West Dallas Community School

From “Bad at Reading” to “Reading Machine”

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At the beginning of the year, Class 1 student, Christian, struggled with his reading. He lacked motivation and had decided that he was, “bad at reading.” According to his teacher, Miss MaryElise Torp-Pedersen, Christian participated as little as possible during Language Arts time in class. “This is why I chose to have him work with a tutor,” says Miss Torp-Pedersen.

Robert Taylor, a long-time volunteer, tutor, and former Shepherd, was assigned to Miss Torp-Pedersen’s class and started tutoring Christian in the Fall of 2015. Every week Robert comes at the assigned time and heads to Miss Torp-Pedersen’s class to pick up Christian. They sit on a hallway bench or find an open tutoring room and go through Christian’s selected books to read for the week.

Somewhere towards the beginning of the year, Robert told Christian that he was a “reading machine.” “He started telling everyone ‘I’m a reading machine!’ This was a huge turning point for Christian,” says Miss Torp-Pedersen, “He has become confident in his reading, and much more willing to participate in class.” One of the best things about tutoring is that it motivates Christian to practice the books he wants to read ahead of time. This means he is reading all week! Even the process of choosing a book requires him to read. “Christian loves tutoring,” says Miss Torp-Pedersen, “He comes in every Tuesday morning asking, ‘Is my tutor coming today?’”

Christian’s love and aptitude for reading have grown substantially over this school year. Many of our students struggle similarly and are in need of the kind of attention and consistent encouragement that Robert has so graciously provided to Christian by giving of his time and talents. Tutors provide our teachers with that extra resource needed to help students succeed and develop confidence in their abilities. And the blessings are not only reserved for our students and staff.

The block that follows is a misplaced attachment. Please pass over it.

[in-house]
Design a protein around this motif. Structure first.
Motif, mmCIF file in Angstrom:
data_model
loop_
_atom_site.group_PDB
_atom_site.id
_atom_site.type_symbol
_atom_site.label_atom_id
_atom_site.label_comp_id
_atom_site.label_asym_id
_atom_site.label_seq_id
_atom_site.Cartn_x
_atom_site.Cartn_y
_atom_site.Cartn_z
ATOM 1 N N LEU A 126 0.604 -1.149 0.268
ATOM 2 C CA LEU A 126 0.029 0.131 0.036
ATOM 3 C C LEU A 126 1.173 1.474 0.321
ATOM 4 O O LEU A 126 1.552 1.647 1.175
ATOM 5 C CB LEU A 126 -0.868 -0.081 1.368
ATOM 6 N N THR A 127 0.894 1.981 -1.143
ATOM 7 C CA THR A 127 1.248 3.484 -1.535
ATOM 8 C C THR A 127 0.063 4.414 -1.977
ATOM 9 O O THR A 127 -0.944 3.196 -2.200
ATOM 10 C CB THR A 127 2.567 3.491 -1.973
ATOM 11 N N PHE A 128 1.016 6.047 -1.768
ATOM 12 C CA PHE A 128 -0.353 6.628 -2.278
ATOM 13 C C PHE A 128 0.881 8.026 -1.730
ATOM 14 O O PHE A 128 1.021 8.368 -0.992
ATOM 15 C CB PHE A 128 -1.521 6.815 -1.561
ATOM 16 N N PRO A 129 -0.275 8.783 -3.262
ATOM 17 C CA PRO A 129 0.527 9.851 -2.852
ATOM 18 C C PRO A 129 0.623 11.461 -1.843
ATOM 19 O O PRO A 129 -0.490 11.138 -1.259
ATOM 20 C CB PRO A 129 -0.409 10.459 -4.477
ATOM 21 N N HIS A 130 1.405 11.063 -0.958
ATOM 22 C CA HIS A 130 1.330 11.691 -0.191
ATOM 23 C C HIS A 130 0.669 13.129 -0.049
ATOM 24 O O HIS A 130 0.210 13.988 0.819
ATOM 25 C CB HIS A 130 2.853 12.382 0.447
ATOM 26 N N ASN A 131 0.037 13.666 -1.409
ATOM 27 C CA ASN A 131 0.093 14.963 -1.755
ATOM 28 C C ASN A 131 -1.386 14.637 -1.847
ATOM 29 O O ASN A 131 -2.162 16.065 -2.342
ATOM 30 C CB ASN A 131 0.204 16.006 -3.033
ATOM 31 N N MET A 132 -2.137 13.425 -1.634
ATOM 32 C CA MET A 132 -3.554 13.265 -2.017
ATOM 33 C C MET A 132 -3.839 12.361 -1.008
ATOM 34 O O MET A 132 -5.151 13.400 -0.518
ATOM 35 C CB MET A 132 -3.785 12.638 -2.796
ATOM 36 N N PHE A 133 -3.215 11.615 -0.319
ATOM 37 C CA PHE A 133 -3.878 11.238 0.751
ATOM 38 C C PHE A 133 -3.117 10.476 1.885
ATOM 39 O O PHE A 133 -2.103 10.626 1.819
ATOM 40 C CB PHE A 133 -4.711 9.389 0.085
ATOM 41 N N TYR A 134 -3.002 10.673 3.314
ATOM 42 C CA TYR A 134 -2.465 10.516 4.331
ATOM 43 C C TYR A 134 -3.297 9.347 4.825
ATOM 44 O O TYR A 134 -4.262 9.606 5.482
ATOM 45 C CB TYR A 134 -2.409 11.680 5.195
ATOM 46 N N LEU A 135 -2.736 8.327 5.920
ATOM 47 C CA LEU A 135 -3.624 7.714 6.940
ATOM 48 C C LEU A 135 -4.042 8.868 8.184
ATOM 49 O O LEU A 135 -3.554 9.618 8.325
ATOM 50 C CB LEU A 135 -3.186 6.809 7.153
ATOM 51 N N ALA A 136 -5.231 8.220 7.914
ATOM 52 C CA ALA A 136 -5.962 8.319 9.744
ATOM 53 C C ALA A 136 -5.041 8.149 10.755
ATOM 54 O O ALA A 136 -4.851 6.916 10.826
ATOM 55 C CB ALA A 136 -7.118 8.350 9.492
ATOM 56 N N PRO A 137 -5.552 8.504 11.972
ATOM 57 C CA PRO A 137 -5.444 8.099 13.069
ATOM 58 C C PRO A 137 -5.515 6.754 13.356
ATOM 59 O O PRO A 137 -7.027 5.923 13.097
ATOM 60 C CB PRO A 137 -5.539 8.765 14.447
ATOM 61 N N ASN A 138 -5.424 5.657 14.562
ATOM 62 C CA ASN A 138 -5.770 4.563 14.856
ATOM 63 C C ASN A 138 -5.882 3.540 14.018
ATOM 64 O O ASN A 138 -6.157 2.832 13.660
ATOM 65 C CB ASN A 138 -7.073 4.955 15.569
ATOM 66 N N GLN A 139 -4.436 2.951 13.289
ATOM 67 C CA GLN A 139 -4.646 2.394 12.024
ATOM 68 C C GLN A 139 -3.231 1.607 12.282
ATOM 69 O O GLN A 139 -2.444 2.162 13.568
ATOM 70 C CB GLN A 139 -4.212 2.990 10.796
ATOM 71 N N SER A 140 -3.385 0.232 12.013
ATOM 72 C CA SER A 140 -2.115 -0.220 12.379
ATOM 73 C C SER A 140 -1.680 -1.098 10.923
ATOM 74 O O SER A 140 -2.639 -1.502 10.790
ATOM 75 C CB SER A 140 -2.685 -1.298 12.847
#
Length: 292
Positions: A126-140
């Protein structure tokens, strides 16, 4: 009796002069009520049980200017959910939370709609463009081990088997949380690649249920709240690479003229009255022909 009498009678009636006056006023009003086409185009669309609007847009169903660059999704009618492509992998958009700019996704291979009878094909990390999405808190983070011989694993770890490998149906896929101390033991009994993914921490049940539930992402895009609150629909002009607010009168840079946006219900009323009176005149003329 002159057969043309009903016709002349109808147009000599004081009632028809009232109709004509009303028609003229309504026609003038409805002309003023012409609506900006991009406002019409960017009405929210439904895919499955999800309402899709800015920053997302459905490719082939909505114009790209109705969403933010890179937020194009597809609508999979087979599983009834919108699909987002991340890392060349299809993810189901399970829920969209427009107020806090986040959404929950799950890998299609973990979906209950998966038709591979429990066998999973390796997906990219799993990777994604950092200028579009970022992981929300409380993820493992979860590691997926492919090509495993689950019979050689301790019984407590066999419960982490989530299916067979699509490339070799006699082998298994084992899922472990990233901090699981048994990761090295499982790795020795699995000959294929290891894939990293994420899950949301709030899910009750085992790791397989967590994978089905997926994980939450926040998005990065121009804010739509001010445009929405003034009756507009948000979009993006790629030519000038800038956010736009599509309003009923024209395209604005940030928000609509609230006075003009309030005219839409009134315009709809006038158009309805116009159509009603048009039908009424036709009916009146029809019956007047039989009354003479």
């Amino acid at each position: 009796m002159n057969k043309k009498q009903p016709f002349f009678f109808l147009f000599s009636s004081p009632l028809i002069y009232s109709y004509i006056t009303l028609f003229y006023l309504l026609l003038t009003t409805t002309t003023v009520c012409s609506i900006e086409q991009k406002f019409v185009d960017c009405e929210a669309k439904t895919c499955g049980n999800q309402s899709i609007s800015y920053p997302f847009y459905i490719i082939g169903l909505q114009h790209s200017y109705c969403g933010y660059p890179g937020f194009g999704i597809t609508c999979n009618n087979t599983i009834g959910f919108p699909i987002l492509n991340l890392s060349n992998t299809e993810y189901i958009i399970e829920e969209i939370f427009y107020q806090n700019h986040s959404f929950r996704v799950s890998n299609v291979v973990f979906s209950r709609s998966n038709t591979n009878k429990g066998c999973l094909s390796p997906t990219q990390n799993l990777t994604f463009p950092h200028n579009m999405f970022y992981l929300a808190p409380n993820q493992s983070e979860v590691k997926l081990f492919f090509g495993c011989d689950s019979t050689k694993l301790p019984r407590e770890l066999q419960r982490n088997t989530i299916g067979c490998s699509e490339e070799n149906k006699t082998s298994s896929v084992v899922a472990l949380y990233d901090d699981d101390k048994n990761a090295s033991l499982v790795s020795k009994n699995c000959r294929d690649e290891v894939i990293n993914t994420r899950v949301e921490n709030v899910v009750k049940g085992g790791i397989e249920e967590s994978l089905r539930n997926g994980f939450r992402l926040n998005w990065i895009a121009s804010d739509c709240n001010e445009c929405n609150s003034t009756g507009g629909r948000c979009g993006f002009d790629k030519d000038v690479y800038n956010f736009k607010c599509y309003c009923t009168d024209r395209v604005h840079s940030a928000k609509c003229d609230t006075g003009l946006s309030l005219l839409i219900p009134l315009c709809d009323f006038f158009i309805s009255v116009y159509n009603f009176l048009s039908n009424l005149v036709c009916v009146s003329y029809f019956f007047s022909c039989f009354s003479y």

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“Tutoring at West Dallas Community School has given me the chance to witness God’s transformative and redemptive work firsthand,” says Robert Taylor. “In one hour on Tuesday afternoons I am able to see a young life grow and flourish at a place upon which God’s presence so obviously rests – what a blessing!  WDCS is humbling and awe-inspiring in and of itself, and to actively contribute towards its mission as a tutor is an honor beyond measure.”

While the effects of volunteering at WDCS are far reaching and often only manifest themselves years later, many of our teachers witness stories like Christian’s every day. If you or someone you know are interested in volunteering at WDCS and making a difference in the lives of students like Christian, contact our Director of Volunteers, Susan Ervien, at servien@wdcschool.org or 214.231.2454.